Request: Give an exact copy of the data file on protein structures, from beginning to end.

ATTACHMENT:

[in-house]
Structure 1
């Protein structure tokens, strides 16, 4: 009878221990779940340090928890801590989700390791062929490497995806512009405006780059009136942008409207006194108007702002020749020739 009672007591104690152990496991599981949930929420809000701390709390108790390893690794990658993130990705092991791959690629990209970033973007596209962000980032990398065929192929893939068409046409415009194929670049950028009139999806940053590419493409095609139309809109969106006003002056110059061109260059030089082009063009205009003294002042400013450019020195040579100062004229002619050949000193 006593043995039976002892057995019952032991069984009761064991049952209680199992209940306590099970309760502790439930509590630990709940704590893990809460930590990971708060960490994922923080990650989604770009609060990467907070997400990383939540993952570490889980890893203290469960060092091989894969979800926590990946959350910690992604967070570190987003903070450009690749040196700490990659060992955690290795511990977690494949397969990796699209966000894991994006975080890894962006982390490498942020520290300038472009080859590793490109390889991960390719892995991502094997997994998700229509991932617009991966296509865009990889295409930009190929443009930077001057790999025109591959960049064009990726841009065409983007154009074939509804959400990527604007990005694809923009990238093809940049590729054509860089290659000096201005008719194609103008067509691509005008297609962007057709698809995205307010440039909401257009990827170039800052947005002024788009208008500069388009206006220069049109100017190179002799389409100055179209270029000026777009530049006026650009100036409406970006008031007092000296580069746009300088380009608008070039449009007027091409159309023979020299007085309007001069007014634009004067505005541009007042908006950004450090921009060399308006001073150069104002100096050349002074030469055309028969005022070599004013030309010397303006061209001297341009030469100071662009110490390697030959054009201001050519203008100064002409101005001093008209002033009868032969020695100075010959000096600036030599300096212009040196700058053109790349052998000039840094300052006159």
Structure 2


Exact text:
[in-house]
Structure 1
């Protein structure tokens, strides 16, 4: 009878221990779940340090928890801590989700390791062929490497995806512009405006780059009136942008409207006194108007702002020749020739 009672007591104690152990496991599981949930929420809000701390709390108790390893690794990658993130990705092991791959690629990209970033973007596209962000980032990398065929192929893939068409046409415009194929670049950028009139999806940053590419493409095609139309809109969106006003002056110059061109260059030089082009063009205009003294002042400013450019020195040579100062004229002619050949000193 006593043995039976002892057995019952032991069984009761064991049952209680199992209940306590099970309760502790439930509590630990709940704590893990809460930590990971708060960490994922923080990650989604770009609060990467907070997400990383939540993952570490889980890893203290469960060092091989894969979800926590990946959350910690992604967070570190987003903070450009690749040196700490990659060992955690290795511990977690494949397969990796699209966000894991994006975080890894962006982390490498942020520290300038472009080859590793490109390889991960390719892995991502094997997994998700229509991932617009991966296509865009990889295409930009190929443009930077001057790999025109591959960049064009990726841009065409983007154009074939509804959400990527604007990005694809923009990238093809940049590729054509860089290659000096201005008719194609103008067509691509005008297609962007057709698809995205307010440039909401257009990827170039800052947005002024788009208008500069388009206006220069049109100017190179002799389409100055179209270029000026777009530049006026650009100036409406970006008031007092000296580069746009300088380009608008070039449009007027091409159309023979020299007085309007001069007014634009004067505005541009007042908006950004450090921009060399308006001073150069104002100096050349002074030469055309028969005022070599004013030309010397303006061209001297341009030469100071662009110490390697030959054009201001050519203008100064002409101005001093008209002033009868032969020695100075010959000096600036030599300096212009040196700058053109790349052998000039840094300052006159």
Structure 2